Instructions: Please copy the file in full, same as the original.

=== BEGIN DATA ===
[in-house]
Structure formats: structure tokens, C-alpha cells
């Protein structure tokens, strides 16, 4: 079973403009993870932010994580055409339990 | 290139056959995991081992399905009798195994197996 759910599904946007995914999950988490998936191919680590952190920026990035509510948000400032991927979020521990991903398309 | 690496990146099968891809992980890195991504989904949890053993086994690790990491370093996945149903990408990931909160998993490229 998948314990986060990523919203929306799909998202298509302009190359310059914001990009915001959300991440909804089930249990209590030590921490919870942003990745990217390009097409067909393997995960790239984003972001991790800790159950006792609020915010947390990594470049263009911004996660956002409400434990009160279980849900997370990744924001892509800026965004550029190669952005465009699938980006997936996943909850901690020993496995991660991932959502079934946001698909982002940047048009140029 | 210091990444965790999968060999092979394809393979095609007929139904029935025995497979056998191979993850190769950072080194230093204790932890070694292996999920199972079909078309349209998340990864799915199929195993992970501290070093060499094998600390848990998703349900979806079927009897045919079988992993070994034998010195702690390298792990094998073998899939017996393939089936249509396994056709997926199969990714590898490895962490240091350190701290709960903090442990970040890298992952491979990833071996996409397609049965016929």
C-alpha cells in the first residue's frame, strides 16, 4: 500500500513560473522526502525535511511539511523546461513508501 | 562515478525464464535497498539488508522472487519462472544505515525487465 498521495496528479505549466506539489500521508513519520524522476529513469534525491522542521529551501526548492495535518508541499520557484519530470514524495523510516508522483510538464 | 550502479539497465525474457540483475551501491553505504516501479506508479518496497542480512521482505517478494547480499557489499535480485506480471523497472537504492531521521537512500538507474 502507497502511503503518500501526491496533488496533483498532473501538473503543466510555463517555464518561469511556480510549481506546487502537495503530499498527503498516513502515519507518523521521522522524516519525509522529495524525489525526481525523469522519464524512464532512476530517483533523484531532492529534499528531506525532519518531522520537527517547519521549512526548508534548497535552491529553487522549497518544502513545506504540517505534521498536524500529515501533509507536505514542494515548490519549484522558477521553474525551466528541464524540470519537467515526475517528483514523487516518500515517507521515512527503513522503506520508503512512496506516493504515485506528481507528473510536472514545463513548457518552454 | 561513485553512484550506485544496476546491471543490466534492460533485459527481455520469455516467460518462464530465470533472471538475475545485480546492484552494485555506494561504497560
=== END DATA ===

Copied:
[in-house]
Structure formats: structure tokens, C-alpha cells
């Protein structure tokens, strides 16, 4: 079973403009993870932010994580055409339990 | 290139056959995991081992399905009798195994197996 759910599904946007995914999950988490998936191919680590952190920026990035509510948000400032991927979020521990991903398309 | 690496990146099968891809992980890195991504989904949890053993086994690790990491370093996945149903990408990931909160998993490229 998948314990986060990523919203929306799909998202298509302009190359310059914001990009915001959300991440909804089930249990209590030590921490919870942003990745990217390009097409067909393997995960790239984003972001991790800790159950006792609020915010947390990594470049263009911004996660956002409400434990009160279980849900997370990744924001892509800026965004550029190669952005465009699938980006997936996943909850901690020993496995991660991932959502079934946001698909982002940047048009140029 | 210091990444965790999968060999092979394809393979095609007929139904029935025995497979056998191979993850190769950072080194230093204790932890070694292996999920199972079909078309349209998340990864799915199929195993992970501290070093060499094998600390848990998703349900979806079927009897045919079988992993070994034998010195702690390298792990094998073998899939017996393939089936249509396994056709997926199969990714590898490895962490240091350190701290709960903090442990970040890298992952491979990833071996996409397609049965016929």
C-alpha cells in the first residue's frame, strides 16, 4: 500500500513560473522526502525535511511539511523546461513508501 | 562515478525464464535497498539488508522472487519462472544505515525487465 498521495496528479505549466506539489500521508513519520524522476529513469534525491522542521529551501526548492495535518508541499520557484519530470514524495523510516508522483510538464 | 550502479539497465525474457540483475551501491553505504516501479506508479518496497542480512521482505517478494547480499557489499535480485506480471523497472537504492531521521537512500538507474 502507497502511503503518500501526491496533488496533483498532473501538473503543466510555463517555464518561469511556480510549481506546487502537495503530499498527503498516513502515519507518523521521522522524516519525509522529495524525489525526481525523469522519464524512464532512476530517483533523484531532492529534499528531506525532519518531522520537527517547519521549512526548508534548497535552491529553487522549497518544502513545506504540517505534521498536524500529515501533509507536505514542494515548490519549484522558477521553474525551466528541464524540470519537467515526475517528483514523487516518500515517507521515512527503513522503506520508503512512496506516493504515485506528481507528473510536472514545463513548457518552454 | 561513485553512484550506485544496476546491471543490466534492460533485459527481455520469455516467460518462464530465470533472471538475475545485480546492484552494485555506494561504497560